Worker Housing

A century ago the Rice Street area, especially between Atwater and Front, was a new and densely populated neighborhood. There were lots of rooming houses and many big families. Lyton Place today is a quiet, two-block street running east from Rice to Oakland Cemetery. In good weather you can find a few kids on bicycles or pausing in the park. Census takers in 1905 found 141 people living in just 23 households on those two blocks - 68 of them were 18 years of age or younger. Their names were Mulligan, Taack, Stinsky, Miller, Hollman, Guindon, Woods, Woodburn, Hancock, Leuzinger, Comer, Best, Martin, Douglas, Peterson, Johnson, Ordmann, and Howe -- mostly individuals from the British Isles with seasonings of Scandinavia, Germany, and Eastern Europe. Some of these houses (on the first block) are still there.

But on the next block east you will find something interestingly different. There, and around the corner on Sycamore, in the early 1990s the city took down three rows of degraded houses and replaced them with these that reflect, without re-creating, the styles of the era. After more than twenty years these houses remain attractive, an admirable feat of blending new housing with old.

Just a little roaming in this precinct pays off for this with the interest and imagination to see, in the mind’s eye, the neighborhood of a century ago. Cross Rice Street and try the adjacent streets of Woodbridge and Marion between Atwater and Milford. Strip away the new(er) siding and additions, and populate the streets with five of six kids per house. Add the occasional clatter of the streetcars on Rice Street, and you have the North End of 1910, when a street laborer could own a house and raise a family on his wages.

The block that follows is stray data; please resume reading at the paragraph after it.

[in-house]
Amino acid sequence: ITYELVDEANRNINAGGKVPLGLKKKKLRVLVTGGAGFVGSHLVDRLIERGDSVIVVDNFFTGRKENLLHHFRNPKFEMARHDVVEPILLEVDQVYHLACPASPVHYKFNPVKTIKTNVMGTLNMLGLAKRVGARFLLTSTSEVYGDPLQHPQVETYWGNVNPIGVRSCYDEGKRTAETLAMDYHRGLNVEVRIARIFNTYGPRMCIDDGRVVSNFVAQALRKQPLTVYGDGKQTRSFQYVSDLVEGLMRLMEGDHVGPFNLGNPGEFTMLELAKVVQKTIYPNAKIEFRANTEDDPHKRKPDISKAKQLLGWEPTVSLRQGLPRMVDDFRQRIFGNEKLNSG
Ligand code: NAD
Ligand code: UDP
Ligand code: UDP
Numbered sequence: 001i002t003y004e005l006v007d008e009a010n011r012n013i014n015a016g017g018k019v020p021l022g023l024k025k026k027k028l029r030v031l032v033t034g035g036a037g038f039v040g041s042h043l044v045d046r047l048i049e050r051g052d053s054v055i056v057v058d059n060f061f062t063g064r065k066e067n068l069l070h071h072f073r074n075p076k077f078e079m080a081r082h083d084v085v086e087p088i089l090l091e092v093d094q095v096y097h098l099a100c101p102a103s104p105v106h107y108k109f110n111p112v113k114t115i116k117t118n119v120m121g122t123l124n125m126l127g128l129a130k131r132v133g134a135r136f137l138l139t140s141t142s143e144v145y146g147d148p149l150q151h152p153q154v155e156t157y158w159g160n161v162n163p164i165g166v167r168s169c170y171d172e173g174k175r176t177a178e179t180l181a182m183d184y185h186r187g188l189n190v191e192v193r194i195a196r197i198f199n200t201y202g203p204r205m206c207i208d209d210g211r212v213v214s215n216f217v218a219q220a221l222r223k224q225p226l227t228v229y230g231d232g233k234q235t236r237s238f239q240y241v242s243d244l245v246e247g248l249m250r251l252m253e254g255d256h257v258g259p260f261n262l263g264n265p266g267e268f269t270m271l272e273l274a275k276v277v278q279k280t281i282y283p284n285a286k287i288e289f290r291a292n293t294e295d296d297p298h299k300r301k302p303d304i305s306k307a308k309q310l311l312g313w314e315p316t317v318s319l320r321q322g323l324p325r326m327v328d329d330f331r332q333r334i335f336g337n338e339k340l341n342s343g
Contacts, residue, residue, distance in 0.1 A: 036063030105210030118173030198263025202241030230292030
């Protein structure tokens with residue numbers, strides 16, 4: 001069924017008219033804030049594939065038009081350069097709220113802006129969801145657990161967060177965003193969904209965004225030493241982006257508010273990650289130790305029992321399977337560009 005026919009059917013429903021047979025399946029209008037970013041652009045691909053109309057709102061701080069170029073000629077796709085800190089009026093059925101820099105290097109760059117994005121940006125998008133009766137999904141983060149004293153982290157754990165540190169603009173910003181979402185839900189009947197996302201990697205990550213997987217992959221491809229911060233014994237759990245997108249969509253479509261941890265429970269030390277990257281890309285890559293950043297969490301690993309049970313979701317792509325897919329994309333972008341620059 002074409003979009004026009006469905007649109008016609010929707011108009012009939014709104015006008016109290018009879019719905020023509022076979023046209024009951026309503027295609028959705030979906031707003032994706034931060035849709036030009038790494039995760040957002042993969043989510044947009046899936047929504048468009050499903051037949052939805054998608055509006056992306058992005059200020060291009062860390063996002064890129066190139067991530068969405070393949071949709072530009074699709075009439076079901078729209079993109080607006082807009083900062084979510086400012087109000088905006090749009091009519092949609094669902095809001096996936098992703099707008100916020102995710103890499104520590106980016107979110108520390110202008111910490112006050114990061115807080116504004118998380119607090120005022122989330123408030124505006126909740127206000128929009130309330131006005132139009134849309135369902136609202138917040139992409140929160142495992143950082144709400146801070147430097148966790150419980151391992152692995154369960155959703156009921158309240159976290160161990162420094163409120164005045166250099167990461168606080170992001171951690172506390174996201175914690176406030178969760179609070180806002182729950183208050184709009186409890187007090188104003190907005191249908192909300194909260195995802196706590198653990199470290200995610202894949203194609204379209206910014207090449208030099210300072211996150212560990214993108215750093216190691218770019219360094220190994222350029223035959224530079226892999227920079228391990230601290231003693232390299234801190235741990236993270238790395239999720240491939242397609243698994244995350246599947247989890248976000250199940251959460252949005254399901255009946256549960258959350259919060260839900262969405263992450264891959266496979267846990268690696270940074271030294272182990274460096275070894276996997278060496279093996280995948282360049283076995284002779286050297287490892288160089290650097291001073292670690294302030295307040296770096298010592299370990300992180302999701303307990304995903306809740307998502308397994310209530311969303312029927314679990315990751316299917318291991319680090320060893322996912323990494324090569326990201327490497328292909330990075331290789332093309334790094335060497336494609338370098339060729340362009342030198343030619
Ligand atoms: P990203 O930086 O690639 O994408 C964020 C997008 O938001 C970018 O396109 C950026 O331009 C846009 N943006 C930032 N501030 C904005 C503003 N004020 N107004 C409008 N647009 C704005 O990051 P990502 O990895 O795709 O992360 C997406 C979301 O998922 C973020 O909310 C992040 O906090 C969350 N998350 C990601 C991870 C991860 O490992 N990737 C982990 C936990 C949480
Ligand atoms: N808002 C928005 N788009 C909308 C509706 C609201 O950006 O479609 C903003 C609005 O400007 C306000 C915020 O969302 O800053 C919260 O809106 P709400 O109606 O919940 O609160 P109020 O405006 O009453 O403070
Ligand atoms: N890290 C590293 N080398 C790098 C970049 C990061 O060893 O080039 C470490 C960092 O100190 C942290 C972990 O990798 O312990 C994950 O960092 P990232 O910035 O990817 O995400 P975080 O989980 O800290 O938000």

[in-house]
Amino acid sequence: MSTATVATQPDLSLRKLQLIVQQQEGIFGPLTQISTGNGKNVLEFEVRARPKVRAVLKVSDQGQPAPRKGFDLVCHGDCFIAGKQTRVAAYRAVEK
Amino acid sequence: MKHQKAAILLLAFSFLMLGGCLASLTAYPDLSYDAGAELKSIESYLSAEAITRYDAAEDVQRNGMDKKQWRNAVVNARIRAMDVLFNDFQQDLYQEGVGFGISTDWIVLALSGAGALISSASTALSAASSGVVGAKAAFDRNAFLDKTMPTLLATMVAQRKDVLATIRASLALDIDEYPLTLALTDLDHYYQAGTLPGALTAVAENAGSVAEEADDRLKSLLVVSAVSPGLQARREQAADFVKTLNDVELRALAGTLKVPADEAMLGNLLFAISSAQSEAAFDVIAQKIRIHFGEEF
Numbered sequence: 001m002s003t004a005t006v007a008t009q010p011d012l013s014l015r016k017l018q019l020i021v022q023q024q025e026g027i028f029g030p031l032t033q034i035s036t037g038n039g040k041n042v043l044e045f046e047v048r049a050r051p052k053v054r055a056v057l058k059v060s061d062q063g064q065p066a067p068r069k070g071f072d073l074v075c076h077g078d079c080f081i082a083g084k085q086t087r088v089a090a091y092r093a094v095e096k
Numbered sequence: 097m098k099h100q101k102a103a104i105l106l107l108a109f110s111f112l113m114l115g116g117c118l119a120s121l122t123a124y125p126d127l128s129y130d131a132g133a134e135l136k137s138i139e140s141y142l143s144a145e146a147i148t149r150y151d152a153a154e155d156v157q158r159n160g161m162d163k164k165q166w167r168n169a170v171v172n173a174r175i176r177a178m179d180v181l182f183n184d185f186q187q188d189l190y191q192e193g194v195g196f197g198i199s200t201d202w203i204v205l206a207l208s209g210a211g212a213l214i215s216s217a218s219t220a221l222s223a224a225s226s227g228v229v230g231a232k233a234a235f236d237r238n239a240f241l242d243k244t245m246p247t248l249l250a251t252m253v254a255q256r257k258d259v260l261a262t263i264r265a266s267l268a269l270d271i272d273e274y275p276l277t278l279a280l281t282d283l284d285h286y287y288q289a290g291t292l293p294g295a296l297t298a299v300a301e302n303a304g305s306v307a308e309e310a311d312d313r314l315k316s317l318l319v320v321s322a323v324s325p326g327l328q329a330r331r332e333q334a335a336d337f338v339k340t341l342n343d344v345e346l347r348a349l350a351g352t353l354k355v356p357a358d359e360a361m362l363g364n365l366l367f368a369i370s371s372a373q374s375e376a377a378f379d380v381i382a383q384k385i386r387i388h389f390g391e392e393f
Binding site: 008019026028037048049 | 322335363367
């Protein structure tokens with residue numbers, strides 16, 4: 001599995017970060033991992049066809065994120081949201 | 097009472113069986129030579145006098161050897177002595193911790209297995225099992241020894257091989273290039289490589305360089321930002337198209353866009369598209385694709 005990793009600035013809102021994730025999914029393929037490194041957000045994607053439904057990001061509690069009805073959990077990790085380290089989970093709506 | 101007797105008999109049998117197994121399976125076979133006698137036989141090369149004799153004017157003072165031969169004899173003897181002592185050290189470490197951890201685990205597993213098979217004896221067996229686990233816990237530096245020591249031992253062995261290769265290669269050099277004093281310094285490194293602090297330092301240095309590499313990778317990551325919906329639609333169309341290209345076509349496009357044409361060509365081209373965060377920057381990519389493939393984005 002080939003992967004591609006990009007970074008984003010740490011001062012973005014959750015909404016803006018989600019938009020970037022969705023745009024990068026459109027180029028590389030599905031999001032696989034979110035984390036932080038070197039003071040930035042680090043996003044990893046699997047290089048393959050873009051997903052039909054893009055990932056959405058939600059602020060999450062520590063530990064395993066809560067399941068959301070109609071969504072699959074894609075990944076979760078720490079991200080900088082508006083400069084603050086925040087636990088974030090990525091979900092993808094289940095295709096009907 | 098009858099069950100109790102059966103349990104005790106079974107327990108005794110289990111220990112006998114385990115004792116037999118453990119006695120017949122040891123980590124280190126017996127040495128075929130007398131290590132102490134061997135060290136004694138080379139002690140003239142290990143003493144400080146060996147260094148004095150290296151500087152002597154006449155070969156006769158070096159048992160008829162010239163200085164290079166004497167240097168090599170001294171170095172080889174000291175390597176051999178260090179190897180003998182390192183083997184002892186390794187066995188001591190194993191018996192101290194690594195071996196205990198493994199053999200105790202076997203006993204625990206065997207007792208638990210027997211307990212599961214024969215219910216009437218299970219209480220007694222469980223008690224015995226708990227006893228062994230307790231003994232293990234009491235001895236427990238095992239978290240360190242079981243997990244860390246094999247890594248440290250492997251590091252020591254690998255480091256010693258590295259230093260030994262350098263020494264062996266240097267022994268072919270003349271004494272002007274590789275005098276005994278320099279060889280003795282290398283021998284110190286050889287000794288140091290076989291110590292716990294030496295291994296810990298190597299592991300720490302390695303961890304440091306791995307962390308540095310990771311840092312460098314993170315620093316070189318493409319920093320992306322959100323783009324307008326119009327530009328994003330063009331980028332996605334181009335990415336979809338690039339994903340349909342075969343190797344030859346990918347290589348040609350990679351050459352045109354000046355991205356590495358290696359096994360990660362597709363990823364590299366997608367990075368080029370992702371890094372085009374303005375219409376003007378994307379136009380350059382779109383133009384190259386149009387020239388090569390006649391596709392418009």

Nearby on Marion Street it is easy to see where clear-cutting of the old houses has taken place. This was the neighborhood where civil rights leader Roy Wilkins grew up, in the 1910s. His house is gone, replaced by the public housing across the street from Lewis Park.

Images

Aerial view of Rice Street area

Aerial view of Rice Street area

Looking west/northwest over the Rice Street area. Washington High School is near the center at 1041 Marion Street across from Rice Park. Photographer: St. Paul Dispatch & Pioneer Press Date: October, 1959 View File Details Page

Albemarle Street

Albemarle Street

Looking north from Milford Street to W. Wayzata Street near Lewis Park and St. Mary's Romanian Orthodox Church. Photographer: St. Paul Dispatch & Pioneer Press Date: 1969 View File Details Page

Rice Street looking north from Sycamore

Rice Street looking north from Sycamore

Installation of the sewer system on Rice and W. Sycamore. Pictured: Frank Heimes and Sons Groceries, and Herman W. Janssen Meat Market. Date: Approximately 1880 Image courtesy of Minnesota Historical Society View File Details Page

Playing marbles

Playing marbles

In the North End district. Photographer: St. Paul News Date: 1925 Image courtesy of Minnesota Historical Society View File Details Page

Lyton Place

Lyton Place

Present day view from Lyton Park. Date: June, 2013 Photo by: Kimmy Tanaka View File Details Page

Lyton Place

Lyton Place

Present day photo taken from W. Sycamore Street. Date: June, 2013 Photo by: Kimmy Tanaka View File Details Page

Cite this Page:

Paul Nelson, “Worker Housing,” Saint Paul Historical, accessed April 25, 2017, http://saintpaulhistorical.com/items/show/101.

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